- The Washington Times - Sunday, December 2, 2001

Our major problems are usually pretty obvious. In fact, we couldn't miss the war in Afghanistan and the terrorism here at home if we tried. As a society, we're also concerned about conflict in the Middle East, the economic recession, energy shortages, and the implications of cloning and stem cell research. Individually, we worry about our health, our personal finances, our safety and our love lives. Newspapers address these issues almost daily.

There is another problem of overriding significance that is much more subtle and insidious, yet rarely mentioned in the press: the increasing isolation of our elderly citizens. This phenomenon has tremendous consequences on the quality of their lives as well as upon our public policy and coffers. It's becoming more and more common for seniors to be living away from family, friends and their longtime religious and social organizations. Many of them struggle on alone, with only limited resources or support.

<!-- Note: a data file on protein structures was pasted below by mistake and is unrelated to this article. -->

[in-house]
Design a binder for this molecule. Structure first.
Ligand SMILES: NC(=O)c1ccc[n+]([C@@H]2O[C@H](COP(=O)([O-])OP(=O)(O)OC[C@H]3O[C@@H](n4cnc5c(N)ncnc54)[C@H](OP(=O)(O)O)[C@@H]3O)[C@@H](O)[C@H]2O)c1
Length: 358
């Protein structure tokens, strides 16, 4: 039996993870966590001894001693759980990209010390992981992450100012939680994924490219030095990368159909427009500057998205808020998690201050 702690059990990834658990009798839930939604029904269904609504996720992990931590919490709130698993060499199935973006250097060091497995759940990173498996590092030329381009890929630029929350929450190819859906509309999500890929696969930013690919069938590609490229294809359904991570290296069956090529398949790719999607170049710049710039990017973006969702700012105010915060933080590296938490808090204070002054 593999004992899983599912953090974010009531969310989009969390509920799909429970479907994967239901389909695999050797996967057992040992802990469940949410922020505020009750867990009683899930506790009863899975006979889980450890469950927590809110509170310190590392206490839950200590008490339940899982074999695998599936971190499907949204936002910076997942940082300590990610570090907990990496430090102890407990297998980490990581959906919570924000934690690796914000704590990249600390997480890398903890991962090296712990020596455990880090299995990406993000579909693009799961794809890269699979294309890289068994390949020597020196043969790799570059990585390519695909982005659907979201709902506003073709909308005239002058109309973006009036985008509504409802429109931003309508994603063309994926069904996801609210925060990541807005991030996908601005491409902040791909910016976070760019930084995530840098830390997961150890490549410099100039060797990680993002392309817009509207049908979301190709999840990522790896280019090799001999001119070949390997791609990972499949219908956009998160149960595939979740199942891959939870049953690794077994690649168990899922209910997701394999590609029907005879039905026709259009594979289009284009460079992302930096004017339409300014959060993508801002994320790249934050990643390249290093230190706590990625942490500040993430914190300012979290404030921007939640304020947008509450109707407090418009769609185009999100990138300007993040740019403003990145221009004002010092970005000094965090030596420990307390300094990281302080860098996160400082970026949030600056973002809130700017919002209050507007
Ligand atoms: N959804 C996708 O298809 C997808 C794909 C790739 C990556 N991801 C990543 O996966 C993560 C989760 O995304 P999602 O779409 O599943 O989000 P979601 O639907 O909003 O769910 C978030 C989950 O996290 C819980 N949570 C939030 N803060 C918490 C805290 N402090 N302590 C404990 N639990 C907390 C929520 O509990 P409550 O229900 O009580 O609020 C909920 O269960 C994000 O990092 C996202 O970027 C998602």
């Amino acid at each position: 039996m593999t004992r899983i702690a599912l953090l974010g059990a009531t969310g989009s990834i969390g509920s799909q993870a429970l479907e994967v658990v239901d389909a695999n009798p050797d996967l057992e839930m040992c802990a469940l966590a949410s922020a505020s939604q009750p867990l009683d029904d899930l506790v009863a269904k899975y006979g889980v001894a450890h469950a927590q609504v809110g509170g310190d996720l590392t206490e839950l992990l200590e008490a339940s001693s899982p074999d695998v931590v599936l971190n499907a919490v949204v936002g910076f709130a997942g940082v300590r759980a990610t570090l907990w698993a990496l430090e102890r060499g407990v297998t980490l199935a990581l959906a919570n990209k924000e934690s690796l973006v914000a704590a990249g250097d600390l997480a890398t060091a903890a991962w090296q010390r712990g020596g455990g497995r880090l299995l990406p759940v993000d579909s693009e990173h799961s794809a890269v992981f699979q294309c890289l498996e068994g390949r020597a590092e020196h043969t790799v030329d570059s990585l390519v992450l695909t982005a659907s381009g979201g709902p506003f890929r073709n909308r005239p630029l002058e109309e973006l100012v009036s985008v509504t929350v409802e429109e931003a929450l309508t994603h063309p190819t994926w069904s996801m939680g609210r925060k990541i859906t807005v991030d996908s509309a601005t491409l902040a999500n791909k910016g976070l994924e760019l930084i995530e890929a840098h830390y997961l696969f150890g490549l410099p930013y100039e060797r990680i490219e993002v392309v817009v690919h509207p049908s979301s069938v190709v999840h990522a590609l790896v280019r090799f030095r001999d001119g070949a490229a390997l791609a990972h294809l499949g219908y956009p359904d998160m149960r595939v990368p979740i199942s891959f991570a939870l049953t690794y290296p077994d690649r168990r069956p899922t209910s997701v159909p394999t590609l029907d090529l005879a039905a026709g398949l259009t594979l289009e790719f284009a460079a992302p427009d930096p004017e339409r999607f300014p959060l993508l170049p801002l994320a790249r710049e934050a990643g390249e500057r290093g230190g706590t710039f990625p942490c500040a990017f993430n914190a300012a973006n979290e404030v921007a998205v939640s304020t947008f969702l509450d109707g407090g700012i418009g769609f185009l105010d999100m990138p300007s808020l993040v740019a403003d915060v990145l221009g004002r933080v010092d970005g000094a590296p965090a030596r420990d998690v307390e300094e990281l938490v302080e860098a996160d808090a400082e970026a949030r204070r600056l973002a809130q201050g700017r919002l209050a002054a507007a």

All-to-often the result is an increasingly significant unhappiness (if not outright depression) as well as a decreasing ability to access needed assistance in such areas as medical care, home maintenance, financial management, security and even simply getting to the store for food. I routinely see some of the results of this isolation in my psychiatric practice as I watch the elderly struggle to just get to the office for appointments, articulate their needs and carry out treatment recommendations. I shudder as many of them leave to go to a precarious existence. Even those who are financially secure are not spared their own day-to-day battles to survive.